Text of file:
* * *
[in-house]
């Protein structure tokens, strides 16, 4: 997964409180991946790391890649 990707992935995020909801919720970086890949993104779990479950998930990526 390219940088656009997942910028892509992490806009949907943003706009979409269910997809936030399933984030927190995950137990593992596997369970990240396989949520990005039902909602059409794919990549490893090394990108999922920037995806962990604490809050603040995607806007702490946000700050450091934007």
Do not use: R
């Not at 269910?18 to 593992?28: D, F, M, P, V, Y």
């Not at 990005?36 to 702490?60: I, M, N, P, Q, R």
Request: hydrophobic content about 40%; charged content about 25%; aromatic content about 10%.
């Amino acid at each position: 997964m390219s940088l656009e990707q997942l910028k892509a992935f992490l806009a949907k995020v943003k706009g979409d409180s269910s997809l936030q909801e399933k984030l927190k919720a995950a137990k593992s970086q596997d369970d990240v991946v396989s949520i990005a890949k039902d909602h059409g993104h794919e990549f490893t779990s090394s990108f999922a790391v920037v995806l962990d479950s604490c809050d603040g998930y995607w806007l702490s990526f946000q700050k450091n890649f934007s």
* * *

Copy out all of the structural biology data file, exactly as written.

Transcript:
[in-house]
């Protein structure tokens, strides 16, 4: 997964409180991946790391890649 990707992935995020909801919720970086890949993104779990479950998930990526 390219940088656009997942910028892509992490806009949907943003706009979409269910997809936030399933984030927190995950137990593992596997369970990240396989949520990005039902909602059409794919990549490893090394990108999922920037995806962990604490809050603040995607806007702490946000700050450091934007």
Do not use: R
């Not at 269910?18 to 593992?28: D, F, M, P, V, Y």
């Not at 990005?36 to 702490?60: I, M, N, P, Q, R």
Request: hydrophobic content about 40%; charged content about 25%; aromatic content about 10%.
């Amino acid at each position: 997964m390219s940088l656009e990707q997942l910028k892509a992935f992490l806009a949907k995020v943003k706009g979409d409180s269910s997809l936030q909801e399933k984030l927190k919720a995950a137990k593992s970086q596997d369970d990240v991946v396989s949520i990005a890949k039902d909602h059409g993104h794919e990549f490893t779990s090394s990108f999922a790391v920037v995806l962990d479950s604490c809050d603040g998930y995607w806007l702490s990526f946000q700050k450091n890649f934007s």